The province of Palawan is home to some of the most picturesque places I have ever been; I’m talking post-card perfect, no need for photo-editing; just raw beauty. It is rapidly becoming a huge tourist destination for both Filipinos and foreigners and is drawing more and more people every year. While most foreigners seem to congregate in El Nido, we decided to make another stop en-route by first taking an overnight ferry from Manila to Coron, spending a few nights there and then another ferry to El Nido. And I can’t stress how glad I am that we went to Coron – if I had to do it again, I would probably skip tourist-crowded El Nido and just visit Coron. Continue reading
After an amazing month in Chiang Mai, Thailand we extended our Thai visas and spent two weeks island hopping in the south. We were joined by two friends (Dan S. and Cory) who flew out from Vancouver to travel with us for a couple weeks. We all first met in Manitoba working for Kiewit (our employer before we quit to travel the world). For two weeks we island hopped across the southwest coast and southeast coast Thai islands. Dan and I upped our budget a little to stay in nicer resorts and hotels and treated ourselves to a bit more partying and alcohol (that is, if you can call being incredibly hungover a “treat”; also, when did I start getting so old that I actually get hungover – oh how I miss my early 20’s.) Continue reading
The Netherlands far exceeded our expectations and is, according to Dan, his favourite country in Europe and the “only one he could live in.” The country is simultaneously modern and historical, while being extremely organized and efficient. And it’s not just one city; the whole country is like that. My only dislike of the infrastructure design would be the insane crosswalks throughout the country: crosswalks often consist of two or three portions crossing bike lanes (which are everywhere, not surprisingly, and mopeds are allowed to use them!!), tram lines, and car lanes. Continue reading
After Venice, we planned to head to Croatia, a country I have heard so much about and always wanted to visit. When we looked at a map, the distance was quite far, so we decided to split the journey in two and stop in Ljubljana, Slovenia; a country I had heard very little about. I had no idea they won “Green City of Europe 2016” award, or that they have a completely unique cuisine or that their forested mountains are reminiscent of British Columbia. Continue reading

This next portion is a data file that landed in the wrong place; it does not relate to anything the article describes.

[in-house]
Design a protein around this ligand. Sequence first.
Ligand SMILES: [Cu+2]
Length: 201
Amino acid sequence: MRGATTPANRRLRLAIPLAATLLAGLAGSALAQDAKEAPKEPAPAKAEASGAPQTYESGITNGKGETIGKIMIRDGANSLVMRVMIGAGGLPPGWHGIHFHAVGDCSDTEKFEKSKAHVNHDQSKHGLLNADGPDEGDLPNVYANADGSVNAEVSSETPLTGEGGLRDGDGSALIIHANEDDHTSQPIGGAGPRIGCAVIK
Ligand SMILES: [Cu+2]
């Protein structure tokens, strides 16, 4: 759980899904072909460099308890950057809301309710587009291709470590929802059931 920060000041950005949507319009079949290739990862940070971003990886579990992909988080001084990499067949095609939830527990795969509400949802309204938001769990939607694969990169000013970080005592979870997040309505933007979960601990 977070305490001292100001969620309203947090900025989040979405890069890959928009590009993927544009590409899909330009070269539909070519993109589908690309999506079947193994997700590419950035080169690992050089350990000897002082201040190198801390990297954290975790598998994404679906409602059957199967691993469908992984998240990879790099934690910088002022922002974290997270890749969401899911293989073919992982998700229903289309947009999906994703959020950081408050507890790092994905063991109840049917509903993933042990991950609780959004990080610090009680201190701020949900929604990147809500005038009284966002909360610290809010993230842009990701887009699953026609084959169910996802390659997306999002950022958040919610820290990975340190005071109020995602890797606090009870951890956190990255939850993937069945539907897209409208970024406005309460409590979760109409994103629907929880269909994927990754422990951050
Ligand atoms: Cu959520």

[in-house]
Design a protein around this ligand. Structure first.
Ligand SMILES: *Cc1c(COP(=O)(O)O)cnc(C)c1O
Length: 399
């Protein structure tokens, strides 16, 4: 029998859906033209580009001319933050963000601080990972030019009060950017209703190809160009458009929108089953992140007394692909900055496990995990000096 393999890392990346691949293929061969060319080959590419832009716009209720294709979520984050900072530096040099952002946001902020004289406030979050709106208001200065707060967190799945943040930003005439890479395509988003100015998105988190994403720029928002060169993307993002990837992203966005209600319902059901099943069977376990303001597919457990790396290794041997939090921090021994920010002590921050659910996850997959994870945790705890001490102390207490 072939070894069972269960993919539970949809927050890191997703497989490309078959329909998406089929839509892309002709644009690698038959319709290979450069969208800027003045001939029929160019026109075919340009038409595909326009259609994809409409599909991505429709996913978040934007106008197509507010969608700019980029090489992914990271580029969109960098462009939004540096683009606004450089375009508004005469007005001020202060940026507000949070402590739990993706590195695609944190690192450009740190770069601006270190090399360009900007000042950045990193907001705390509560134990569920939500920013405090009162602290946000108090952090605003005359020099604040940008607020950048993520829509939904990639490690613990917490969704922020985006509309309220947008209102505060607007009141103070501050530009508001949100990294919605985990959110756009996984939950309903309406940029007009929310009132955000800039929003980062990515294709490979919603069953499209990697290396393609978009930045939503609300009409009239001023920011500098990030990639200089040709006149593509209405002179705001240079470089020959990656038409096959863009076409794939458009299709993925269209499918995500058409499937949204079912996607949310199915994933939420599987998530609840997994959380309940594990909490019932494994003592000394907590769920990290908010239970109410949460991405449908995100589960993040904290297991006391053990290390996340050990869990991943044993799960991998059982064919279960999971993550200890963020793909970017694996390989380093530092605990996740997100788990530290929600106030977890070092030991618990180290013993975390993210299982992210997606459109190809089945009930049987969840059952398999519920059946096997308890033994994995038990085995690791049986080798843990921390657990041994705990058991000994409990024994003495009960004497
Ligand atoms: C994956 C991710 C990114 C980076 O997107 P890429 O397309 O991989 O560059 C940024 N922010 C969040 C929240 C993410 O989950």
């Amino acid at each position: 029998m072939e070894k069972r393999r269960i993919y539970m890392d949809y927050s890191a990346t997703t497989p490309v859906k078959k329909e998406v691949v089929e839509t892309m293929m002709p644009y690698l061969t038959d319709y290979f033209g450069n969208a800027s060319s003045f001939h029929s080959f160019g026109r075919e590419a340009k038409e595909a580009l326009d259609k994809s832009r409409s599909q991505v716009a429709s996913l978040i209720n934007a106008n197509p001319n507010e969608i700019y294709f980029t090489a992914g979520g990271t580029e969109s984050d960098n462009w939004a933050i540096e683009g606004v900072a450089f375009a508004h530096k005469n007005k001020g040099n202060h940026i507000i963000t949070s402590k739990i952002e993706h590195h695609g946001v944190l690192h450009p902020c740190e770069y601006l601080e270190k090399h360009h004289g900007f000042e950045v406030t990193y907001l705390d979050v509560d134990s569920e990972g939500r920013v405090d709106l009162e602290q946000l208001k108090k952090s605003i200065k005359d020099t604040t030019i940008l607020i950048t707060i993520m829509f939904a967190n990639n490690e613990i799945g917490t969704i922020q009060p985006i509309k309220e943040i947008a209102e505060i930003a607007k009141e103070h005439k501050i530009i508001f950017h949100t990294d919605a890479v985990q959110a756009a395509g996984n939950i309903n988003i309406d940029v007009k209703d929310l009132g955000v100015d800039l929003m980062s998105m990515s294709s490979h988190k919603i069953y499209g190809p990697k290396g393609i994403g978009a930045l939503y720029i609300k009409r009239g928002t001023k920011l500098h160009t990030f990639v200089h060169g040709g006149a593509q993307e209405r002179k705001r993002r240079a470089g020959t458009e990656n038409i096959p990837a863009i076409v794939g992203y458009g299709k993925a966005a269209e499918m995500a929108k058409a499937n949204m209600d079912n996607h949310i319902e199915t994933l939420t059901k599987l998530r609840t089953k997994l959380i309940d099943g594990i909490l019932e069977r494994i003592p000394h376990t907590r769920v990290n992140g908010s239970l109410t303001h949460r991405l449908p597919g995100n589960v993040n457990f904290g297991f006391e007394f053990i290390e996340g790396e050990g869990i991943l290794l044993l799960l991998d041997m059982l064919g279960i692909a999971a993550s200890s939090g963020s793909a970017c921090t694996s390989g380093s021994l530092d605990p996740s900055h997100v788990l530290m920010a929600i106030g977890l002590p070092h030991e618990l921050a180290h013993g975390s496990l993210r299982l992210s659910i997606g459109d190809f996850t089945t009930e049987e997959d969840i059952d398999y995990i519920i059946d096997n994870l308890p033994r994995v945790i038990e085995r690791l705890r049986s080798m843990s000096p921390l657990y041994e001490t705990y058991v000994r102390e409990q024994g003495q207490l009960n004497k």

Iguazu Falls – Cataratas del Iguazú (Spanish) or Cataratas do Iguaçu (Portugese) – is actually 275 waterfalls making up one of the most spectacular sights I’ve ever seen. We visited them from both the Argentinian and Brazilian side.
We stopped in El Calafate for two reasons: it was on the way and to visit its famous and easily accessible Perito Moreno Glacier. We arrived in El Calafate after an 11 hour trip with two buses. We stopped at the border for almost two hours – the most inefficient system ever. Give your passports to the driver, wait 20 – 30 minutes, get passports back; think you’re good to continue – wrong. Wait in the bus for another 30 minutes. Then the driver tells everyone to get off the bus and bring all of their baggage (including checked bags). We then all piled into a small customs building and lined up behind an old x-ray machine which took nearly 5 minutes a bag – partially due to the ladies behind the counter squinting at a 10-year old monitor. Almost every bag was searched by hand; while at the same time there was no system to prove we even went through the x-rays. For example, we had left a carry-on bag on the bus my mistake – no one noticed. Some people walked through with their purses over their shoulder – some had to have them scanned. Oh, and the machine wasn’t even booted up when we walked in. Overall, we wondered why any of this was done when clearly none of it was effective – and all the cars that passed the border while we were inside didn’t even step foot out of their cars… Continue reading